The Hungarian Ombudsman released a report in 2012 about the jail and concluded that the buildings and the regime are inhumane. There are social workers and a psychologist of Menedék Foundation working here and the lawyer of the Helsinki Committee visits the jail once a week.

Nyírbátor Photo: Stiller Ákos

Nyírbátor
Photo: Stiller Ákos

Some of the problems reported by asylum seekers in Nyírbátor which led to the 2013 hunger strike were:

  • Asylum seekers had not committed a crime for which they should have been detained
  • Detained asylum seekers received no information in their native languages as to why they they were detained, how long detainment would last or what would happen after they were released
  • In court hearings, translators only translated the judge’s comments to the asylum seekers but did not translate asylum seekers’ comments back to the judge
  • The attorney paid by the state of Hungary did not speak once in defense of the asylum seekers
  • Protesters complained that there was little access to legal aid in Nyírbátor prison
  • Protesters found worms in their food
  • Only one hunger striker who fainted was taken to a doctor but in a humiliating way and in handcuffs
  • Asylum seekers were denied internet access even after they stopped the hunger strike

Balassagyarmat Semi-Open Camp

A half-open camp for asylum-seekers who already had one final negative decision, and they are awaiting their deportation, but cannot be detained anymore. In other words, some of the people here have already served their maximum time in asylum-detention (six months) or in immigration detention (12 months) and therefore they cannot go anywhere else but to the camp in Balassagyarmat. The people can leave the camp during the day but must return before 10pm. If they return late, even with five minutes, they are made to pay a penalty fine of 10-50.000 HUF (35-200€), which they are unable to do as they have no income nor the permission to earn one.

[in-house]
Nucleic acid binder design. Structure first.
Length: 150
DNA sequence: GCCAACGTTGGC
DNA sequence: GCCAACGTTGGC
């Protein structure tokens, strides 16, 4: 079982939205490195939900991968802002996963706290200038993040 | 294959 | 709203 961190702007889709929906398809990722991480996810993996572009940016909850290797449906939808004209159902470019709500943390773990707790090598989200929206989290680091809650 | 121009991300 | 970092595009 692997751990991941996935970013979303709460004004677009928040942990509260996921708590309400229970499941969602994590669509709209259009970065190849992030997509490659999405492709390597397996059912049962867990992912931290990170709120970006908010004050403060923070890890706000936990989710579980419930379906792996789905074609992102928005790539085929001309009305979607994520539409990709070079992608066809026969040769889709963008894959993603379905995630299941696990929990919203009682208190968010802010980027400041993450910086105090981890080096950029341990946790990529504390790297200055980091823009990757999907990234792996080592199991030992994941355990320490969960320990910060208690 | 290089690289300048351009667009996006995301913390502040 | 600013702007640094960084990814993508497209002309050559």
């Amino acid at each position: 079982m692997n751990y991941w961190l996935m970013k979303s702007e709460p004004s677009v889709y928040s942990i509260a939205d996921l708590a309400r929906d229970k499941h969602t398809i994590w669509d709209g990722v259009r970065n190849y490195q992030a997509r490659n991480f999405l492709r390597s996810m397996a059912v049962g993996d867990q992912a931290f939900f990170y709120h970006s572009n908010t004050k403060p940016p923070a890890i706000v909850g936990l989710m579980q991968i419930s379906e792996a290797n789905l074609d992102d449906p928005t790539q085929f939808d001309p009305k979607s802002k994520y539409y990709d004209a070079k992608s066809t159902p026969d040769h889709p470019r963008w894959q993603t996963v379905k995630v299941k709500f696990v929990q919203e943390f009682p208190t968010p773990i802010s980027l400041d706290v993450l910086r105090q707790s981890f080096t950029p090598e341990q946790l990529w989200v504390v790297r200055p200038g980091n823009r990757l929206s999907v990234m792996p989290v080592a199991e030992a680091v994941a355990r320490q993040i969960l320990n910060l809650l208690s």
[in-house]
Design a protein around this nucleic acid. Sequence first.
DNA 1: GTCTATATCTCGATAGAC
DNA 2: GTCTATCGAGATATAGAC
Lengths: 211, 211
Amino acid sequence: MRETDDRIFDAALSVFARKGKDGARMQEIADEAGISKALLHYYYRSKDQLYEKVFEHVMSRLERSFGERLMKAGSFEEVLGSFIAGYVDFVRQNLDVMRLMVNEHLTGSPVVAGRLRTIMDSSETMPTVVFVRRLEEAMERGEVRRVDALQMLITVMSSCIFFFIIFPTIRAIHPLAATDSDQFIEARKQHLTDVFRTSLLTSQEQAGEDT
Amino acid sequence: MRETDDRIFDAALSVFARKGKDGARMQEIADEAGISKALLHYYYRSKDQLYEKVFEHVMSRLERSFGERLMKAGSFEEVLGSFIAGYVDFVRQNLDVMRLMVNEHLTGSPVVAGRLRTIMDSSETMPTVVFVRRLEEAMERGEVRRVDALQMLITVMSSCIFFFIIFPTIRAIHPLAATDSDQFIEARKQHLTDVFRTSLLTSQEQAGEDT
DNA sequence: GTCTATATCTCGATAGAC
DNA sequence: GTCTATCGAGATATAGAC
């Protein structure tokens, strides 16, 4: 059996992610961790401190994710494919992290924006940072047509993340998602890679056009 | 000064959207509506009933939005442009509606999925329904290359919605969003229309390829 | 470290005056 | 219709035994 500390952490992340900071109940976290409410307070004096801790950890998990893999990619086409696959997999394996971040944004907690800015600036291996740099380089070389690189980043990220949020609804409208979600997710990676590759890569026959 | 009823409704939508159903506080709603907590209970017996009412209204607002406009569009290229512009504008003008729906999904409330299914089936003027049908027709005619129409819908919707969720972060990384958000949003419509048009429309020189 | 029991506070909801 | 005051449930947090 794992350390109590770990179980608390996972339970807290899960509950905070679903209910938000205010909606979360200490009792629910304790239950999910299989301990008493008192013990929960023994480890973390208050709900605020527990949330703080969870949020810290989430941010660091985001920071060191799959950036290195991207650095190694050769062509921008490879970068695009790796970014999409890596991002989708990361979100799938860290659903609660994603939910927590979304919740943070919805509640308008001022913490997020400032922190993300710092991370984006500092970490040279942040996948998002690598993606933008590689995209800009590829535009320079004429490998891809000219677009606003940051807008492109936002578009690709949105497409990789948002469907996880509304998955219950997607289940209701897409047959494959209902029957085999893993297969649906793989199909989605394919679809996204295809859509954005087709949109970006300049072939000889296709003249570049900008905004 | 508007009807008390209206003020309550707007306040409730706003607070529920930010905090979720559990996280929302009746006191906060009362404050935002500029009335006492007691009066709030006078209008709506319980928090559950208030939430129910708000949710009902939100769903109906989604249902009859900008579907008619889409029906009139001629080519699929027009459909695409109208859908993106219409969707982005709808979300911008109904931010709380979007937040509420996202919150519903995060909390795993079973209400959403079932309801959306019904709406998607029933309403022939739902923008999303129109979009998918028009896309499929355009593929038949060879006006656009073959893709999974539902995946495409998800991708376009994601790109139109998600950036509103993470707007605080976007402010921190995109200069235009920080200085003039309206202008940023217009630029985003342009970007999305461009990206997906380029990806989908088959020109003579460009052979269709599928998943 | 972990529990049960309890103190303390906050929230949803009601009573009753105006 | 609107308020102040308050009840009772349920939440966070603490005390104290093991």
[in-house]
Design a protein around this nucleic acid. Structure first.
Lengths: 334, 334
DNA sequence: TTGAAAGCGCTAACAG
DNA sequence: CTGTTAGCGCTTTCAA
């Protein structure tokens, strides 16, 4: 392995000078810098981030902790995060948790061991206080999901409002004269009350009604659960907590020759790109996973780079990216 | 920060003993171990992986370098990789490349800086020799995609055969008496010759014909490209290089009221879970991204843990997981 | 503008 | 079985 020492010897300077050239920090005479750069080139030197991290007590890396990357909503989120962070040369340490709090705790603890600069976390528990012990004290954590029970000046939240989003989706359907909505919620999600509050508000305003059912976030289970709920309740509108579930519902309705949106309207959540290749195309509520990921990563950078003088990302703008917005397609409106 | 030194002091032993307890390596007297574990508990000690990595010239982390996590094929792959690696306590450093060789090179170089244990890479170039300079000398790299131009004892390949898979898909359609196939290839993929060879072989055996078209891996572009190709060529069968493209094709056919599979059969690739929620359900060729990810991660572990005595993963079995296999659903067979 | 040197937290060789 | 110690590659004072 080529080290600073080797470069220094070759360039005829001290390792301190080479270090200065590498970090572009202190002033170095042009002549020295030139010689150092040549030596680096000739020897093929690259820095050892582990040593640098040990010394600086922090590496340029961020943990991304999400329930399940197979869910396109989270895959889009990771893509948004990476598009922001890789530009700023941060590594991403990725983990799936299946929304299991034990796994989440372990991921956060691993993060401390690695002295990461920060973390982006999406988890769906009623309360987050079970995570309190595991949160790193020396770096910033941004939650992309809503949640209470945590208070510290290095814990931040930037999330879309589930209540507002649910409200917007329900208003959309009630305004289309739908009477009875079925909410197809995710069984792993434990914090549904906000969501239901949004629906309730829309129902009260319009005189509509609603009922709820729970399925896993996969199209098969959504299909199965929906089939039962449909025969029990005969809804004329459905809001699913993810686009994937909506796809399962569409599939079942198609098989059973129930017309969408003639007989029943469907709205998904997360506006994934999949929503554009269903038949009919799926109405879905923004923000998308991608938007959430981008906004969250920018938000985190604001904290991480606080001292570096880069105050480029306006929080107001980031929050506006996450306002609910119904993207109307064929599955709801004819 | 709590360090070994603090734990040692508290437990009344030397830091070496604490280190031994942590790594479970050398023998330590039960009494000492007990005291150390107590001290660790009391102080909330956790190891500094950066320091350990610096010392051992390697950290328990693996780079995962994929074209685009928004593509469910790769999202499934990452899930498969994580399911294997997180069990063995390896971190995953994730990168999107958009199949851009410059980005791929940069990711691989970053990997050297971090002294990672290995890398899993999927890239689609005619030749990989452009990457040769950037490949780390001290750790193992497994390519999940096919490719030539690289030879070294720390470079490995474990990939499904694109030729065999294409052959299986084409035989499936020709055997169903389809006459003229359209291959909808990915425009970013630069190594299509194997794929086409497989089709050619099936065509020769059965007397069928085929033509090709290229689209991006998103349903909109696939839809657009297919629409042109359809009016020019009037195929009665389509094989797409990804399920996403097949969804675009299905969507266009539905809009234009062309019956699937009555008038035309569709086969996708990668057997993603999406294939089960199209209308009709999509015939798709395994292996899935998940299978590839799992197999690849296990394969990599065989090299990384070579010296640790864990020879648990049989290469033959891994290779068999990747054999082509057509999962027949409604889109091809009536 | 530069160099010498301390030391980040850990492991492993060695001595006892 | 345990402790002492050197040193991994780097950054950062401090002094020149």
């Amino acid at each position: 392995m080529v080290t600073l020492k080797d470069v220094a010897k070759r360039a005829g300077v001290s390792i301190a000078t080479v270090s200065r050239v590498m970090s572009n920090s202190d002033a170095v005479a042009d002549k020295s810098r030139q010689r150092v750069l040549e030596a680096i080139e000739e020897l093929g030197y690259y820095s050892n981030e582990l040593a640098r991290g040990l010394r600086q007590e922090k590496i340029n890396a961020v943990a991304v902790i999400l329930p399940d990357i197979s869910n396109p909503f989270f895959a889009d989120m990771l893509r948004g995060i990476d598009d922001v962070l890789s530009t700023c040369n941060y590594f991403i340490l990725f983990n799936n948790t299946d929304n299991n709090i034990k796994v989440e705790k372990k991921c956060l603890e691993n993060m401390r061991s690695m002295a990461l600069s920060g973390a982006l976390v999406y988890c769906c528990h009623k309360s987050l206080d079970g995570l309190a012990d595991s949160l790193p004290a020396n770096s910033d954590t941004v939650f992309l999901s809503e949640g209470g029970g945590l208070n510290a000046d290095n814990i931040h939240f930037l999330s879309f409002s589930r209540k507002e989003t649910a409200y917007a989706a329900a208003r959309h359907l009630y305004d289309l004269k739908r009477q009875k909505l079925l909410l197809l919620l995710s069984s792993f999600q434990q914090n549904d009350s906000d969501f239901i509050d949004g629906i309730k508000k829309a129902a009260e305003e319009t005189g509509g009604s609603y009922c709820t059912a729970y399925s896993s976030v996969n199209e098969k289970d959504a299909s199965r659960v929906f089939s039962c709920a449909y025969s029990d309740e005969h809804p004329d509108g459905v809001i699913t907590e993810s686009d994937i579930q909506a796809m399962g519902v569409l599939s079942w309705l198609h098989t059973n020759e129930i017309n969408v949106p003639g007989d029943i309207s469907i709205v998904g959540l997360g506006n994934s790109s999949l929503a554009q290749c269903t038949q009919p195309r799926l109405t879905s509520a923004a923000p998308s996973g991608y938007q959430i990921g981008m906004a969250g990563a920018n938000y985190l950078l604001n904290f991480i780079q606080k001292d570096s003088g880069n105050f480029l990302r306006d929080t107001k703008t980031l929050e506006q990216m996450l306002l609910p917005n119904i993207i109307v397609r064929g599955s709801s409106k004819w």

A 2012 article from hvg.hu states after up to a year of detention, refugees arrive at Balassagyarmat refugee camp where no medical care and poor sanitary conditions. Their stay usually ends with deportation.

“From the outside the building is beautifully renovated. Inside, where no one can see, the walls are crumbling” – Afghan refugee Sammar Rahmani told hvg.hu


Győr Immigration Jail

This immigration jail is the smallest in the country. While Nyírbátor and Kiskunhalas became synonyms for inhumane and brutal jails amongst the refugees, the small size and population of the Győr jail is most probably the reason why this jail does not have such a bad reputation. Menedék is also present here with their community social workers, and Helsinki Committee visits the jail twice a month


Vámosszabadi Open Camp

The Vámosszabadi camp was opened in August 2013 due to the high number of asylum-seekers in Hungary – according to the official OIN statistics, there was a 776% increase between 2012 and 2013. Before the opening of the camp, there were huge protests from the villagers’ side against the opening of this camp. However, since the has opened in August 2013, asylum-seekers have reported about a very casual and supportive atmosphere from the locals.


Bicske Open Camp

Previously a pre-integration centre for recognized refugees, Bicske is the closest camp to Budapest with capacity of ca. 350. Today there are both asylum-seekers and recognized refugees. The Bicske camp gained some fame in summer 2013 when a tent camp was set up within the actual camp. Also, there are several issues with refugees who leave from Bicske becoming homeless.

VIDEO: Bicske refugee demonstrations (2012)

Sources:
Migszol
hvg.hu
UNHCR 2012 Hungary report
aida Asylum Information Database – February 2015 country report on Hungary




About Author

Erin Gallagher is a multimedia artist, translator and writer for Revolution News.